Suthep Po-ngam in “The Rocket”
PICKS OF THE WEEK
“Gimme Shelter” (PG-13) — A tattooed teen named Apple (Vanessa Hudgens) runs away from her abusive addict mother (Rosario Dawson), and finds a new set of hardships ahead of her. Apple — shaken, unwashed, starving and pregnant — finds her father (Brendan Fraser) in an affluent New Jersey suburb. Eventually, she finds her way into a shelter for pregnant teens and forms real human connections.
While based on true events, the story is told in stilted, cliched lines that sound like they could only be put together from scraps of old PSAs. This isn’t to discredit the performances. Hudgens has never been further from her peppy Disney Channel image.
“Gloria” (R) — Single and over 50, Gloria leads a fulfilling life outside of her office job. She’s into yoga, self-improvement classes and keeping up with her adult children. The audience first sees her moving confidently through a nightclub, dancing and checking out other singles. Gloria’s life turns a corner when she meets Rodolfo, a slightly older man who helps Gloria embrace her passion for life.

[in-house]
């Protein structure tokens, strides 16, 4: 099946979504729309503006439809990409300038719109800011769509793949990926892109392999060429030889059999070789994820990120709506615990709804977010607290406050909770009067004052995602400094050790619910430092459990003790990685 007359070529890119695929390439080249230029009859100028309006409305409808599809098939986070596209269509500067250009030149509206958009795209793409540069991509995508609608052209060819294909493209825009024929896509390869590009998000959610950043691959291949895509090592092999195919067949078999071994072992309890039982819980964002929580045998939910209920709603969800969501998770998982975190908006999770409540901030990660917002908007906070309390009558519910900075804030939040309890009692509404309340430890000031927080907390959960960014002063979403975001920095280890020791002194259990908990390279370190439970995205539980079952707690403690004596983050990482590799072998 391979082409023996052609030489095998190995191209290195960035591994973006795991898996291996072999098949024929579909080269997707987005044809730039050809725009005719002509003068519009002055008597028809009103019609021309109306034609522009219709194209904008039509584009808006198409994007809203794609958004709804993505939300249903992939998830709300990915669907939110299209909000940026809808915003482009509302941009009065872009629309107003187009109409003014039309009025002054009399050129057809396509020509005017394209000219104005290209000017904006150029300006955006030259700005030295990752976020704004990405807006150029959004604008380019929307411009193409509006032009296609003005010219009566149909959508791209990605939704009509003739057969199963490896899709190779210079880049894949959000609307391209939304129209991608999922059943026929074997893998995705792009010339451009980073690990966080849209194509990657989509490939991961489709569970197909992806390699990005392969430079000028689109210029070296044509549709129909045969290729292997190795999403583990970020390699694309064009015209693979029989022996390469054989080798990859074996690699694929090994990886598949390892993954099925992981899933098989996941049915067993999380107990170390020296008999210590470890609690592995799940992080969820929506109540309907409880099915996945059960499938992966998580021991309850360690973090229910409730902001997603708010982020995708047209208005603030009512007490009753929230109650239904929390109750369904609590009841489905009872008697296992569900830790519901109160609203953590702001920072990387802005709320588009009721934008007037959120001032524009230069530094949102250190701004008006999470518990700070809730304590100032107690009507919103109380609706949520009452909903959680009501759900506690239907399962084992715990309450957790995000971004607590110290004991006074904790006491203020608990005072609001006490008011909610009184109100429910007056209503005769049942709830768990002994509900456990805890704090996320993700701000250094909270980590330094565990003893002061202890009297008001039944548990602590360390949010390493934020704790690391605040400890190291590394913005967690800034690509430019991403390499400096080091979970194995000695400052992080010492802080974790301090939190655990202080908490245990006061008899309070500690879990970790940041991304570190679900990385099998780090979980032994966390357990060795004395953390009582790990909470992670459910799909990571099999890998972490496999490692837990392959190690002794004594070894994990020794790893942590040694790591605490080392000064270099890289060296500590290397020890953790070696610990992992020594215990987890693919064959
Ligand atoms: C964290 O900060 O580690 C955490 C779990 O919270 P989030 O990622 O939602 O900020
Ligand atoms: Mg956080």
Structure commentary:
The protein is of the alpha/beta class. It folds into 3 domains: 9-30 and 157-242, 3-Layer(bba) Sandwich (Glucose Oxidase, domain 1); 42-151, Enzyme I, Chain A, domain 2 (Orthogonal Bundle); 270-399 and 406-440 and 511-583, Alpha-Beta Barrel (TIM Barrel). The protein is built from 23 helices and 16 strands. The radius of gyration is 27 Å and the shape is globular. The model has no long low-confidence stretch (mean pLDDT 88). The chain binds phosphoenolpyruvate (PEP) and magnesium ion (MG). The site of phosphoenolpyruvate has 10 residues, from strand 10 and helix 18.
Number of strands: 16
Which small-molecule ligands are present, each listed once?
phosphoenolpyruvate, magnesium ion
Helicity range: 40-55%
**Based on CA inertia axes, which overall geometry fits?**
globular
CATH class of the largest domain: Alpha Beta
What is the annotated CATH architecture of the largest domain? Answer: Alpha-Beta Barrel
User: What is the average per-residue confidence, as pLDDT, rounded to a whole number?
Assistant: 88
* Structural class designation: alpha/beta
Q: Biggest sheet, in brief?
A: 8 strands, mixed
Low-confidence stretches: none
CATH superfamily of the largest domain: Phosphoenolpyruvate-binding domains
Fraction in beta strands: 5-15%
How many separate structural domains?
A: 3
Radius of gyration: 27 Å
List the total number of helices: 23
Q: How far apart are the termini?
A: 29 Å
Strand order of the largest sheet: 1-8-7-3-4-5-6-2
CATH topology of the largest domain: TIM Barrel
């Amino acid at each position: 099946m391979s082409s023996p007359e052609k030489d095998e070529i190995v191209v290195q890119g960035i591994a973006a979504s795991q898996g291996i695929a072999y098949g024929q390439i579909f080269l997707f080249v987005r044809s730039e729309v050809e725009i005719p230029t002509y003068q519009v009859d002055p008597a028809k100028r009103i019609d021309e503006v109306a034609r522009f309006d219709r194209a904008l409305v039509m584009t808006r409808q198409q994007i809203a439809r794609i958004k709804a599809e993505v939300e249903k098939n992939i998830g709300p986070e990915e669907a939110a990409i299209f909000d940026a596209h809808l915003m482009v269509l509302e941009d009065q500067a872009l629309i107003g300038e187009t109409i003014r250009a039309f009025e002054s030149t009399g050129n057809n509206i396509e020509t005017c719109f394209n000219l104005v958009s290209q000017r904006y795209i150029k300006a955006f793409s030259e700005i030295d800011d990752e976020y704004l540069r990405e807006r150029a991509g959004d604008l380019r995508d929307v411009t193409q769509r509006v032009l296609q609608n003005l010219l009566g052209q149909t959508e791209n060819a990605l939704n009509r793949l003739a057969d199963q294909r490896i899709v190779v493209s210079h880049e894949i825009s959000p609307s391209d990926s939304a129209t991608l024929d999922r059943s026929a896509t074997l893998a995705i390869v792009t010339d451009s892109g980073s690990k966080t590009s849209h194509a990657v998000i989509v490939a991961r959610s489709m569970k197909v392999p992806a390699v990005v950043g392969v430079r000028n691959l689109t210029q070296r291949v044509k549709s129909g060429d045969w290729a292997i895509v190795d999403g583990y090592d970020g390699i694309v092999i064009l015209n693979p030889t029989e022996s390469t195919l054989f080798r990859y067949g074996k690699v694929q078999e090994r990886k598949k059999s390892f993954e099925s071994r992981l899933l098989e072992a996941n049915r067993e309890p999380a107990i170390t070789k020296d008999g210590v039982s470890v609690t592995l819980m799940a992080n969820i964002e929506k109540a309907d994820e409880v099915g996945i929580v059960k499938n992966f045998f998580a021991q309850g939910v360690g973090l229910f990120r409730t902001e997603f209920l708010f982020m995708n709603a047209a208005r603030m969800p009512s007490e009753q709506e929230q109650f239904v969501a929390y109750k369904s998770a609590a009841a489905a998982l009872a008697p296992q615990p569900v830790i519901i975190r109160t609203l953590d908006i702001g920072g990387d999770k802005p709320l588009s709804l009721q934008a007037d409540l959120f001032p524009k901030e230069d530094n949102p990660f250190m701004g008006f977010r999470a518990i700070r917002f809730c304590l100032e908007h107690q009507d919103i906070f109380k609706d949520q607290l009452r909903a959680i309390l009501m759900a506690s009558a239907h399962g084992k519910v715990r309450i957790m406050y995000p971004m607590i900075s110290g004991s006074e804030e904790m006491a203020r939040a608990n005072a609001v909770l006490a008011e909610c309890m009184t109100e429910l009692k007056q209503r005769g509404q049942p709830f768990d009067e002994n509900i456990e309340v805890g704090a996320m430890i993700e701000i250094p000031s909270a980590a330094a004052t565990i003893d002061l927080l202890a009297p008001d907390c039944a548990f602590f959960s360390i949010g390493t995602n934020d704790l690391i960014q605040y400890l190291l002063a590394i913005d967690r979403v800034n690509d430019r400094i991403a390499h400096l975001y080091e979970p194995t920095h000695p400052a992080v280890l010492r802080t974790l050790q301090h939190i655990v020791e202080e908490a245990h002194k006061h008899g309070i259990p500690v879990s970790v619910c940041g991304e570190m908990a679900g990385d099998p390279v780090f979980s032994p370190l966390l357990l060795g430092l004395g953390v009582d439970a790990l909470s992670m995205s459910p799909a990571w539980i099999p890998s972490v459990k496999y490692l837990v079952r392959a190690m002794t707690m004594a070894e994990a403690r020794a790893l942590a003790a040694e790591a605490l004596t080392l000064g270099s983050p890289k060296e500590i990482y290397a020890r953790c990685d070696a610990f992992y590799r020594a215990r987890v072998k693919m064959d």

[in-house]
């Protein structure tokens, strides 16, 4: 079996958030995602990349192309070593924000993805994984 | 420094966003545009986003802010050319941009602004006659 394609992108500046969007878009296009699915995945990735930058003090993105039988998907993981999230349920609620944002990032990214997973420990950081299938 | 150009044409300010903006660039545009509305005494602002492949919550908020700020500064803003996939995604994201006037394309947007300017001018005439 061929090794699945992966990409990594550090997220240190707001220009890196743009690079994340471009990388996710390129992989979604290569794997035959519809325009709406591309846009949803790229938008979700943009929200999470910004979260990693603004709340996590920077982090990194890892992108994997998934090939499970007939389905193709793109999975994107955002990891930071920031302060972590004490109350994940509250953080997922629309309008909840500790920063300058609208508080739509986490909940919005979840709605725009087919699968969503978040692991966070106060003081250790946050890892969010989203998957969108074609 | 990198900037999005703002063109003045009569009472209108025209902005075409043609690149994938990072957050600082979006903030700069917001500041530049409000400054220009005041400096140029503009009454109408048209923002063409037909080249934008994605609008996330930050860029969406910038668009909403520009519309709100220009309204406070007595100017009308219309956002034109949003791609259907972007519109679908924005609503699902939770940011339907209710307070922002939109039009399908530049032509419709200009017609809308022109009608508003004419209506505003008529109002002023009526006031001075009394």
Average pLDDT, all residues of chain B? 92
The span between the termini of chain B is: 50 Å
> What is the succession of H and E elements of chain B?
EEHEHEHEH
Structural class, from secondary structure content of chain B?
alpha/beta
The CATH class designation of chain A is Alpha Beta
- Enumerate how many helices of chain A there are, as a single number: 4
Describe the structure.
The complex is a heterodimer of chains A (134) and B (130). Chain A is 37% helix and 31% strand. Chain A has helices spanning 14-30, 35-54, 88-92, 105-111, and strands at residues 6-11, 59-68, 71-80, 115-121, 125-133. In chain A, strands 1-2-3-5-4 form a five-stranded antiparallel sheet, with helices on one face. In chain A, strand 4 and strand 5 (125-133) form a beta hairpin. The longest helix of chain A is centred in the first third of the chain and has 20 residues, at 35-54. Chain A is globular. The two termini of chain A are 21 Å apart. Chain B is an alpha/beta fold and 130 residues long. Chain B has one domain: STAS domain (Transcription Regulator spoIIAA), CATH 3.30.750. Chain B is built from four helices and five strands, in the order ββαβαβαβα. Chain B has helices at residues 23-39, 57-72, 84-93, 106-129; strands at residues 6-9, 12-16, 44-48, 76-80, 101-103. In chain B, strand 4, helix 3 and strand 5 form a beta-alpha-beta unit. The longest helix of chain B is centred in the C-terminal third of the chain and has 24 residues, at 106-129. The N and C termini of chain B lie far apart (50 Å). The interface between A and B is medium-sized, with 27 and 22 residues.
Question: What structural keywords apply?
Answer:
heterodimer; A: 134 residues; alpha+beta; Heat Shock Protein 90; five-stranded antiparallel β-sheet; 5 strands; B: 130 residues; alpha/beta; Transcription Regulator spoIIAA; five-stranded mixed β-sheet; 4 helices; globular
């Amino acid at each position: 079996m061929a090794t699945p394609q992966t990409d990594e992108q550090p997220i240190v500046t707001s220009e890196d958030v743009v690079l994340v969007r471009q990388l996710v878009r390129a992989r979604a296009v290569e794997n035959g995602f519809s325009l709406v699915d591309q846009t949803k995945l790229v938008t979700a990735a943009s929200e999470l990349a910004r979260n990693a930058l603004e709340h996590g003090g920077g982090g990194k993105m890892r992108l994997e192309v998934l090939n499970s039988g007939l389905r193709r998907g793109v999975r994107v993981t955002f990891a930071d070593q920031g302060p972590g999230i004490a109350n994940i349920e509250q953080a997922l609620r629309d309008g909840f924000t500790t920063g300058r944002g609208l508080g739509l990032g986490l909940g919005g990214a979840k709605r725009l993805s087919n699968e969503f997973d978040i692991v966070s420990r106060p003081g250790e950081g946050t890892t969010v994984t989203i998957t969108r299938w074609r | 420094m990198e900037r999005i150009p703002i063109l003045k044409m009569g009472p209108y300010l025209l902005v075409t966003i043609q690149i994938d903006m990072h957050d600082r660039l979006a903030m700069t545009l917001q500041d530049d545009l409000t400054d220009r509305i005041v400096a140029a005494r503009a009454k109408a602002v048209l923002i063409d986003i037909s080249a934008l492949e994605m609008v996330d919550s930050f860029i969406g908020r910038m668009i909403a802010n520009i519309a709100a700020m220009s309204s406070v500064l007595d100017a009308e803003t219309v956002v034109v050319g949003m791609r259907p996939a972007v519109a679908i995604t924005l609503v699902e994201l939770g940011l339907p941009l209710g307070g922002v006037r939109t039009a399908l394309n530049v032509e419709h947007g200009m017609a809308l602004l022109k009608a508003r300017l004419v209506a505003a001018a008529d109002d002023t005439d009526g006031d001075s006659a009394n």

This Chilean import strikes a fine balance between laughter and drama. Gloria isn’t a wacky older dame, nor is she a sad story about life’s later years. She’s a three-dimensional person at a point where she wants love in her life, but she’s strong enough to not fall apart without it.
“The Rocket” (Unrated) — Ahlo is a 10-year-old Laotian boy who must be bad luck. He was born a twin, but his brother did not survive — an ill omen, as superstition says that one twin will be cursed and the other blessed. One day, Ahlo’s village receives news that they have to leave their land because it will be flooded to make the reservoir for a new dam. Of course, people are quick to blame such misfortune on Ahlo once they find out he’s a twin. The boy decides he’s going to re-write his fate — he’s going to enter a rocket-building contest and win. “The Rocket” tells a unique, transporting and uplifting story.
“The Selfish Giant” (Unrated) — Best pals and partners in crime, Arbor and Swifty are perpetually in trouble at home and at school. Both are adolescents living in a bleak and recessed British town brimming with abandoned lots and rusty metal. Arbor is the wilier one who gets Swifty to ditch school. The boys start getting paid by a local scumbag for bringing in stolen scrap metal and wires with their horse carriage. From the beginning, you can see tragedy stalking the pair.
“Masterpiece: Mr. Selfridge Season 2”
“Hill Street Blues: The Complete Series”
“Francis the Talking Mule Complete Collection”
“Dynasty: Season 8, Vol. 1 & 2 (2-Pack) ”
“Father Brown: The Complete Collection”
“Bob Hope Classic Comedy Collection”
© 2014 King Features Synd., Inc.